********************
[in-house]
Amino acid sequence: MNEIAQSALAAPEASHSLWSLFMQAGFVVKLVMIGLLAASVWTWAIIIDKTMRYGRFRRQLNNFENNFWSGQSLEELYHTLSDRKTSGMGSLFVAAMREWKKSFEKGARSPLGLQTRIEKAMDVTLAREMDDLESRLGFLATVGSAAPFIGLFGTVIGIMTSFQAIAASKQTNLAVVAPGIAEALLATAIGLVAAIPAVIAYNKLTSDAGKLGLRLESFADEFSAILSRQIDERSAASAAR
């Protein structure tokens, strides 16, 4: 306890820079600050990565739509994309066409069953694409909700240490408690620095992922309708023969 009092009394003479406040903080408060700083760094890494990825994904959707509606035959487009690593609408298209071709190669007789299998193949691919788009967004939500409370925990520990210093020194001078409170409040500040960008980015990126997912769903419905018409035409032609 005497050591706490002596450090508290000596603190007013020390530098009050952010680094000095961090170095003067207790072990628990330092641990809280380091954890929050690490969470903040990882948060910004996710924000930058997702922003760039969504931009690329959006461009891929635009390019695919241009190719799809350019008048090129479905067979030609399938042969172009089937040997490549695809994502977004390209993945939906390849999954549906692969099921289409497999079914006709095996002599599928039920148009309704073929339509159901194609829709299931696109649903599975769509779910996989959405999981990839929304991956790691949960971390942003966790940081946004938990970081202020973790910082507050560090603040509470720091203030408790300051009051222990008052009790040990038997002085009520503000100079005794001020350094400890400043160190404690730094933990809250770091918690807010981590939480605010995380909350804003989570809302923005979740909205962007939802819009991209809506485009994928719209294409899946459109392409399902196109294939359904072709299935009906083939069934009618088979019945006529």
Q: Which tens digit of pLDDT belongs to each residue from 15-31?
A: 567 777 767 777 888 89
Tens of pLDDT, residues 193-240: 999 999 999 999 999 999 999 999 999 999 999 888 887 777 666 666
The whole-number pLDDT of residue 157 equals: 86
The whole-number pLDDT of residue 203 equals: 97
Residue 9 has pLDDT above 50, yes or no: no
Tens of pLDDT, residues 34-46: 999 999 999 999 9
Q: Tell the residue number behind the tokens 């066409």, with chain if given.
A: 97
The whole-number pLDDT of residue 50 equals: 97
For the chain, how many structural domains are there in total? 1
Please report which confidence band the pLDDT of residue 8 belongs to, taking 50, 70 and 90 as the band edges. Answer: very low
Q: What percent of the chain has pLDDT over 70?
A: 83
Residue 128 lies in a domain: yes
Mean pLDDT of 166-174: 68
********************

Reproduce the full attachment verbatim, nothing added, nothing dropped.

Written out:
[in-house]
Amino acid sequence: MNEIAQSALAAPEASHSLWSLFMQAGFVVKLVMIGLLAASVWTWAIIIDKTMRYGRFRRQLNNFENNFWSGQSLEELYHTLSDRKTSGMGSLFVAAMREWKKSFEKGARSPLGLQTRIEKAMDVTLAREMDDLESRLGFLATVGSAAPFIGLFGTVIGIMTSFQAIAASKQTNLAVVAPGIAEALLATAIGLVAAIPAVIAYNKLTSDAGKLGLRLESFADEFSAILSRQIDERSAASAAR
């Protein structure tokens, strides 16, 4: 306890820079600050990565739509994309066409069953694409909700240490408690620095992922309708023969 009092009394003479406040903080408060700083760094890494990825994904959707509606035959487009690593609408298209071709190669007789299998193949691919788009967004939500409370925990520990210093020194001078409170409040500040960008980015990126997912769903419905018409035409032609 005497050591706490002596450090508290000596603190007013020390530098009050952010680094000095961090170095003067207790072990628990330092641990809280380091954890929050690490969470903040990882948060910004996710924000930058997702922003760039969504931009690329959006461009891929635009390019695919241009190719799809350019008048090129479905067979030609399938042969172009089937040997490549695809994502977004390209993945939906390849999954549906692969099921289409497999079914006709095996002599599928039920148009309704073929339509159901194609829709299931696109649903599975769509779910996989959405999981990839929304991956790691949960971390942003966790940081946004938990970081202020973790910082507050560090603040509470720091203030408790300051009051222990008052009790040990038997002085009520503000100079005794001020350094400890400043160190404690730094933990809250770091918690807010981590939480605010995380909350804003989570809302923005979740909205962007939802819009991209809506485009994928719209294409899946459109392409399902196109294939359904072709299935009906083939069934009618088979019945006529």
Q: Which tens digit of pLDDT belongs to each residue from 15-31?
A: 567 777 767 777 888 89
Tens of pLDDT, residues 193-240: 999 999 999 999 999 999 999 999 999 999 999 888 887 777 666 666
The whole-number pLDDT of residue 157 equals: 86
The whole-number pLDDT of residue 203 equals: 97
Residue 9 has pLDDT above 50, yes or no: no
Tens of pLDDT, residues 34-46: 999 999 999 999 9
Q: Tell the residue number behind the tokens 């066409």, with chain if given.
A: 97
The whole-number pLDDT of residue 50 equals: 97
For the chain, how many structural domains are there in total? 1
Please report which confidence band the pLDDT of residue 8 belongs to, taking 50, 70 and 90 as the band edges. Answer: very low
Q: What percent of the chain has pLDDT over 70?
A: 83
Residue 128 lies in a domain: yes
Mean pLDDT of 166-174: 68